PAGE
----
Skip to main content

Quantitative analysis of Nodal/Lefty-mediated pattern formation

Periodic Reporting for period 4 - QUANTPATTERN (Quantitative analysis of Nodal/Lefty-mediated pattern formation)

Période du rapport: 2020-01-01 au 2020-06-30

How a homogeneous population of cells self-organizes to form a patterned embryo is a long-standing mystery in the field of developmental biology. In 1952, Alan Turing postulated the reaction-diffusion model to explain how embryos might self-organize to develop tissues and organs. The reaction-diffusion model comprises a system of two diffusible substances that must satisfy two requirements in order to form a pattern: (i) one substance activates its own production and is inhibited by the other, and (ii) the diffusivity of the inhibitor has to be higher than the diffusivity of the activator. Genetic and embryological experiments suggest that several patterning events in developing embryos are controlled by reaction-diffusion systems, but a mechanistic, quantitative understanding of how these systems dynamically control robust pattern formation in developing tissues has been lacking.

It has been proposed that the two developmental signals Nodal and Lefty form a reaction-diffusion system during tissue patterning. Within the QUANTPATTERN project, we focused on three key questions about how the Nodal/Lefty system leads to patterning. First, how do activator/inhibitor pairs such as Nodal and Lefty achieve their different diffusivities despite their high sequence similarity and similar molecular weights? Second, how does the range of reaction-diffusion systems such as Nodal and Lefty adjust to natural fluctuations in embryo size? Finally, how do reaction-systems such as Nodal and Lefty self-organize to induce spatially restricted tissues in the absence of pre-patterns?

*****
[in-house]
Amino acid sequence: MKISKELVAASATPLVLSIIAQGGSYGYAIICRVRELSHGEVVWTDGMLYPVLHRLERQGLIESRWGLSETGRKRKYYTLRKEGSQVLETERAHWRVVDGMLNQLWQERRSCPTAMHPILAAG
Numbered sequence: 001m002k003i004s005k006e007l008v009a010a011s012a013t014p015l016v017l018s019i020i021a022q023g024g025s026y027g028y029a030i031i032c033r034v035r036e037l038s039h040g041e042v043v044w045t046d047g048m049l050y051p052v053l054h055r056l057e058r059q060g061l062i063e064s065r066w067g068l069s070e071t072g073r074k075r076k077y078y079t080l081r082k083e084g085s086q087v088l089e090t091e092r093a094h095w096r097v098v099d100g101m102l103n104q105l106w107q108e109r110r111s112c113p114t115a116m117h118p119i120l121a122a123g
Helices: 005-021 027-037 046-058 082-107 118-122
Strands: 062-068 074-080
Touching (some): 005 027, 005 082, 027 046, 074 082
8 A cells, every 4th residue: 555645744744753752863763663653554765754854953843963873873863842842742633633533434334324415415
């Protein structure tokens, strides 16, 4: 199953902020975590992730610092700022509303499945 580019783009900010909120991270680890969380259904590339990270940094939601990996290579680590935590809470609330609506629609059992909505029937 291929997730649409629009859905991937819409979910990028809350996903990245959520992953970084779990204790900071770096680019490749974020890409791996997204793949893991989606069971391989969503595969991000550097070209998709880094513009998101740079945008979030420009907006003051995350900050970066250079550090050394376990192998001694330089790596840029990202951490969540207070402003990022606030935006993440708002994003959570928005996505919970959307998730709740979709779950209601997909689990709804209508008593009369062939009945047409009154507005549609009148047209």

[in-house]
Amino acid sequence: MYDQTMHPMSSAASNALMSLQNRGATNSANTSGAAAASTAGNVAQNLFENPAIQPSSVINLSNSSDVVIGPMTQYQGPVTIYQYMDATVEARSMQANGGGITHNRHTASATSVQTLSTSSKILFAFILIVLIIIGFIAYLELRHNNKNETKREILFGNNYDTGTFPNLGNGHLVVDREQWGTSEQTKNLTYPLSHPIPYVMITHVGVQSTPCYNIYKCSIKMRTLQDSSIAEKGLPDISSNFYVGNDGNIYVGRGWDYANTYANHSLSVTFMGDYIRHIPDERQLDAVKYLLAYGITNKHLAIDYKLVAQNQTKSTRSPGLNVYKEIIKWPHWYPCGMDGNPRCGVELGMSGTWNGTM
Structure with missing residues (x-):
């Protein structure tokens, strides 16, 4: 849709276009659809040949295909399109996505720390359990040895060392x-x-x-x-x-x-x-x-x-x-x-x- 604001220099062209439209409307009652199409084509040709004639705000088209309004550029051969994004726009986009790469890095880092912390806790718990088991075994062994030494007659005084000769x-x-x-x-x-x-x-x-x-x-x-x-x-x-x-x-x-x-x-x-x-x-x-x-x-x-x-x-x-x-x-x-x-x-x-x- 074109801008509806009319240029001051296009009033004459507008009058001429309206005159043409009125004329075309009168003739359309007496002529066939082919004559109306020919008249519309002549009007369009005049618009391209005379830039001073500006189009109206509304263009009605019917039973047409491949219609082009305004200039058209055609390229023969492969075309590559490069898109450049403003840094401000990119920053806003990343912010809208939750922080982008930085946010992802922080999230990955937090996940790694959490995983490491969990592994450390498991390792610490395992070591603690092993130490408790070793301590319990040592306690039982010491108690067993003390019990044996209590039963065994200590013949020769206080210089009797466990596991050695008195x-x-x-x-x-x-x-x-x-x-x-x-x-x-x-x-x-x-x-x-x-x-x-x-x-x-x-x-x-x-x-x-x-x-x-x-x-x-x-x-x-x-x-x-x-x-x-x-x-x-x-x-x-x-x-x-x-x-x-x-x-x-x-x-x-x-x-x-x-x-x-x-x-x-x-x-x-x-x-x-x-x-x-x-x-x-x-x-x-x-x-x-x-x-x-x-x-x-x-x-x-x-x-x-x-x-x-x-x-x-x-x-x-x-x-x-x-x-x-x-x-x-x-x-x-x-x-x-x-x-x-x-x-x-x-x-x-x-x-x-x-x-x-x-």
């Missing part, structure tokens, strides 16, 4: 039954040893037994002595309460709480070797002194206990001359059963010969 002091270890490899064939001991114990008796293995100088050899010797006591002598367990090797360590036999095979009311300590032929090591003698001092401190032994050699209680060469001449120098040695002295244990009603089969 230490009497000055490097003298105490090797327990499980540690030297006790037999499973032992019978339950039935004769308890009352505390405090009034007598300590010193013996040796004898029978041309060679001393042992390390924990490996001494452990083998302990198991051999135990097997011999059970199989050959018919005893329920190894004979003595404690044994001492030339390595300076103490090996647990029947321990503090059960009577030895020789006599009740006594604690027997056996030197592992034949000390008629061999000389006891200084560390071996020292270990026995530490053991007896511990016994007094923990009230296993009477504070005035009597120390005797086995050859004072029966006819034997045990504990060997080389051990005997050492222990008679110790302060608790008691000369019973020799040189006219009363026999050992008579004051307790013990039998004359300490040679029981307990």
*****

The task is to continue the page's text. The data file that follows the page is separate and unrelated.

The QUANTPATTERN project used a combination of quantitative experimental and theoretical approaches to address these questions and had three major aims:

Aim 1: Identify the factors regulating the dispersal of Nodal and Lefty during zebrafish development
Aim 2: Determine how the Nodal/Lefty system mediates scale-invariant patterning of zebrafish embryos
Aim 3: Quantitative analysis of self-organized patterning in mouse embryonic stem cells
We have made new discoveries for all three research aims of the QUANTPATTERN project. To identify factors regulating Nodal and Lefty dispersal during zebrafish development, we generated mutations in candidate diffusion regulators and optimized unbiased screening approaches, subcellular localization methods, and biophysical measurement techniques. Our findings point to a major role of specific receptors in regulating Nodal diffusion and tissue distribution. To understand how the Nodal/Lefty system mediates scale-invariant patterning of zebrafish embryos, we have performed large-scale computational screens and identified realistic signaling networks. Using quantitative experimentation and systems biology approaches, we have systematically tested the predictions of the resulting models. Our work demonstrated that a size-dependent increase in Lefty levels is crucial to adjust Nodal-dependent germ layer proportions in smaller embryos. Finally, to understand self-organized patterning in mouse embryonic stem cells, we have quantitatively characterized the kinetics of developmental markers during embryoid body formation using live imaging by light-sheet fluorescence microscopy. Based on a mathematical screen for gene regulatory networks that can drive self-organization in mouse embryonic stem cells, we have developed realistic models to explain how Nodal signaling controls symmetry breaking and self-organized patterning.
In summary, the QUANTPATTERN project has identified and characterized mechanisms underlying spatial regulation of germ layer patterning and improved our molecular understanding of signal movement and tissue distribution. Our experimental and theoretical work on self-organized patterning has the potential to inform new strategies for human tissue engineering from embryonic stem cells.